I have read three excellent nonfiction books recently. This week I devoured Dexter Filkins’ The Forever War. I bought this book for McHotty, but being a fan of fictional war stories (The Wars and Three Day Road are two of my favourites) I thought I should give this a try. Filkins is a foreign correspondent for the New York Times, and the book bears witness the rise of the Taliban in the 1990s, the aftermath of the attack on New York on September 11th, and the wars in Afghanistan and Iraq. Eloquent and fierce, I couldn’t tear my eyes away.

Another book McHotty raved about, and I found fascinating too is Malcolm Gladwell’s Outliers. This book has been on the bestseller list forever, and now I know why. What is an Outlier? Someone who is extraordinarily accomplished. We usually attribute success to factors like IQ and hard work, but it isn’t that simple. While a high IQ is of some importance, it’s not everything (you just need to smart enough, not the smartest). You do need to work hard (it takes about 10,000 hours of doing something to be best in your field) but there’s more to it than that. Things like upbringing, cultural factors and dumb luck play a large role too. This is a book I never would have chosen on my own, and I’m glad it found its way to my pile.

Speaking of bestsellers, another great read (and not something I would usually pick up) is Jeff Rubin’s Why Your World Is About to Get a Whole Lot Smaller. Rubin’s thesis is that despite the current recession oil will never be cheap again, and the global economy is going to change. The age of globalization is coming to an end, but this isn’t necessarily a bad thing—we’ll be shopping locally, revitalizing our neighbourhoods; manufacturing jobs will return to empty factories, revitalizing entire communities. I’ve seen Rubin speak in person, and he’s dynamic, smart and has very interesting things to say: all the ingredients to write a book about the economy that is accessible and readable as well as thought provoking.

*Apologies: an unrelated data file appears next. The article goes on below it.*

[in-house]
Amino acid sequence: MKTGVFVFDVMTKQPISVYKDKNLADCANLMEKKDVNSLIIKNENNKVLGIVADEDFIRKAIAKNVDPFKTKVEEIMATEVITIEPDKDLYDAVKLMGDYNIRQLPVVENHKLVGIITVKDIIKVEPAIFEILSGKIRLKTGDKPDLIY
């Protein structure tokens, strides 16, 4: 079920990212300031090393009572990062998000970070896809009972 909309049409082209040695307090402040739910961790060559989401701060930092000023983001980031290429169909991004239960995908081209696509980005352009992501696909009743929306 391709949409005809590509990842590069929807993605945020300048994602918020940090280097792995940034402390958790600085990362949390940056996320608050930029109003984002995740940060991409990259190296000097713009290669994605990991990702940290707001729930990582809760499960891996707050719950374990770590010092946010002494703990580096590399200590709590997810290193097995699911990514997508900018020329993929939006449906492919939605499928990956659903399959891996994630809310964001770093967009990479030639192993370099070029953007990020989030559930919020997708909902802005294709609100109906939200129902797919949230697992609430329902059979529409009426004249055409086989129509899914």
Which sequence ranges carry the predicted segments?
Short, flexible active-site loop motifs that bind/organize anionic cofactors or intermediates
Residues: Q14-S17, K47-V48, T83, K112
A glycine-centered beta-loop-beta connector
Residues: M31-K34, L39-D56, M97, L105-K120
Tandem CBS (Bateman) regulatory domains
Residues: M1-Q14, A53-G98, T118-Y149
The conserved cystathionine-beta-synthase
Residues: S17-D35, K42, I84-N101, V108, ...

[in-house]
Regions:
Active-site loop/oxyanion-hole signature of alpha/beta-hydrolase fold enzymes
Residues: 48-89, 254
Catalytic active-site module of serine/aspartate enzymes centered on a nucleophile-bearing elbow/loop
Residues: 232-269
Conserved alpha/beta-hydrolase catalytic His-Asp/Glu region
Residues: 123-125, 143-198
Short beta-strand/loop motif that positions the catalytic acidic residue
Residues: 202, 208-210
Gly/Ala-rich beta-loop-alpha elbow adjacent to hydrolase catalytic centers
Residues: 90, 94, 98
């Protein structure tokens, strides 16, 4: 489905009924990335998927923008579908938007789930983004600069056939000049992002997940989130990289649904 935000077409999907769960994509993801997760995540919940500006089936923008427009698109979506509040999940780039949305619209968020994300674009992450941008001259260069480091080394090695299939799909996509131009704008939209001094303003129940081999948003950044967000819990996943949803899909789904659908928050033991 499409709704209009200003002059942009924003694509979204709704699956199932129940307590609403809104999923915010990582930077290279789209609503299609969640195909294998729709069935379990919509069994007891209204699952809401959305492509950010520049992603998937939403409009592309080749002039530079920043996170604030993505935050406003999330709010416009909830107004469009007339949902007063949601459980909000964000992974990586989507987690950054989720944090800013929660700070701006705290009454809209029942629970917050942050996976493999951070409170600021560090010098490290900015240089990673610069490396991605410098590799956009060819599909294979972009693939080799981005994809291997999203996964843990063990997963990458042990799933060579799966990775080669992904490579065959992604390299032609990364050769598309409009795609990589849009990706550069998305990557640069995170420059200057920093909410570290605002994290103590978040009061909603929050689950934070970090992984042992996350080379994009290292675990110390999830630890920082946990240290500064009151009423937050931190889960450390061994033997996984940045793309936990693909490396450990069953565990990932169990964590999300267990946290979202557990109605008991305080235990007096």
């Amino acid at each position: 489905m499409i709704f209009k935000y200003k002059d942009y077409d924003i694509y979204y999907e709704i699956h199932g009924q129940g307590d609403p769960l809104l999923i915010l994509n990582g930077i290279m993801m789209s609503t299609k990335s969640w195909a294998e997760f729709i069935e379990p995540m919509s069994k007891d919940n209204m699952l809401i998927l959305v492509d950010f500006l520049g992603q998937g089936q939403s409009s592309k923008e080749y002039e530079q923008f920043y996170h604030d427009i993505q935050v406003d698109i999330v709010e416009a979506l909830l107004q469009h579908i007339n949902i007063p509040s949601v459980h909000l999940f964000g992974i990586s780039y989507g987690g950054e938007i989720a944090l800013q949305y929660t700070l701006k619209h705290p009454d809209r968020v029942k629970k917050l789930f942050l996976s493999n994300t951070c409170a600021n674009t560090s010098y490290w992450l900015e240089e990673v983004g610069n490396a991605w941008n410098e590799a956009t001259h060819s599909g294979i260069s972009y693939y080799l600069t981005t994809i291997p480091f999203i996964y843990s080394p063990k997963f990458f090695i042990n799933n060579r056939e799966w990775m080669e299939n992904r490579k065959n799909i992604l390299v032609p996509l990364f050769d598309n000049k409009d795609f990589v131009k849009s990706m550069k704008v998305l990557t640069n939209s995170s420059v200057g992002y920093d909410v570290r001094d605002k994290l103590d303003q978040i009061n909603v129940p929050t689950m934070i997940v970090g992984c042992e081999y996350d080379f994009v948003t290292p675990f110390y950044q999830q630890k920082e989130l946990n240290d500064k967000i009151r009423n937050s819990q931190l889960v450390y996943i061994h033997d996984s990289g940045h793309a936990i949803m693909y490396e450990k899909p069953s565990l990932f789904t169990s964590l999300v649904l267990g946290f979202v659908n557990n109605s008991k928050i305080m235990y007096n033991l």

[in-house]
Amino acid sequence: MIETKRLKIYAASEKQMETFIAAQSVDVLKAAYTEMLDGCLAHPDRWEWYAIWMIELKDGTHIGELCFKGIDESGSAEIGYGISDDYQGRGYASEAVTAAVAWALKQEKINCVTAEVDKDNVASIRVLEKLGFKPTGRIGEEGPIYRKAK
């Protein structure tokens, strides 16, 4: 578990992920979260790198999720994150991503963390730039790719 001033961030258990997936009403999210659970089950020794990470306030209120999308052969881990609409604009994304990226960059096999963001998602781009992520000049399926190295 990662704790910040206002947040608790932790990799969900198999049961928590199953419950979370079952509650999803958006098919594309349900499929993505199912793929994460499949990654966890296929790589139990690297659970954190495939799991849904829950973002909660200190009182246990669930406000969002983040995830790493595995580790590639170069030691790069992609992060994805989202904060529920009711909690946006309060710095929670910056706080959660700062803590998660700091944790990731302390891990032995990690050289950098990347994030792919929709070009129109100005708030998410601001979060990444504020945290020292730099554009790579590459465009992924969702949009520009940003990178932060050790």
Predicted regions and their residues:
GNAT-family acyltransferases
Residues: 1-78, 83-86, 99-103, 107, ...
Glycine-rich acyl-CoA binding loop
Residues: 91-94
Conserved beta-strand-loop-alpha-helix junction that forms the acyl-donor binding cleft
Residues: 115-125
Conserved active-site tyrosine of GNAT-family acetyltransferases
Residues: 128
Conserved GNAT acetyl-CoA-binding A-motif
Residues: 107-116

Now, do you have any nonfiction recommendations for me?


Thursday, July 02, 2009


I’m on a great roll with picking up books that can hold my attention enough to read them in just a few sittings. That is the best way to read a book, I think—it really changes the experience for me if it takes me a long time to finish something. I think that’s why I love short stories so much. You usually get to experience the story the way the author intends. It’s funny, we’re much more aware of this when it comes to movies, but we don’t think about pace as much in terms of books.

My latest one-day conquest is Lisa Moore’s February, a real gem. The book centres around a true event in 1982, when the oil rig Ocean Ranger sank off the coast of Newfoundland during a Valentine's Day storm. All eighty-four men aboard died. February is the fictional story of Helen O'Mara, widow of one of the drowned men. The narrative jumps back and forth from the present-day to the days surrounding the tragedy in 1982, with occasion forays to the early days of Helen and Cal’s relationship, and the years between. Helen and Cal were very deeply in love, and the loss of that love is abrupt and paralyzing. Left to raise four children on her own, Helen is haunted by the fact that Cal’s death could have been prevented had the men received the necessary training. The structure of the book and the emphasis on time shows time does not heal all wounds; but, eventually, it allows one to move forward, incrementally, scars and all.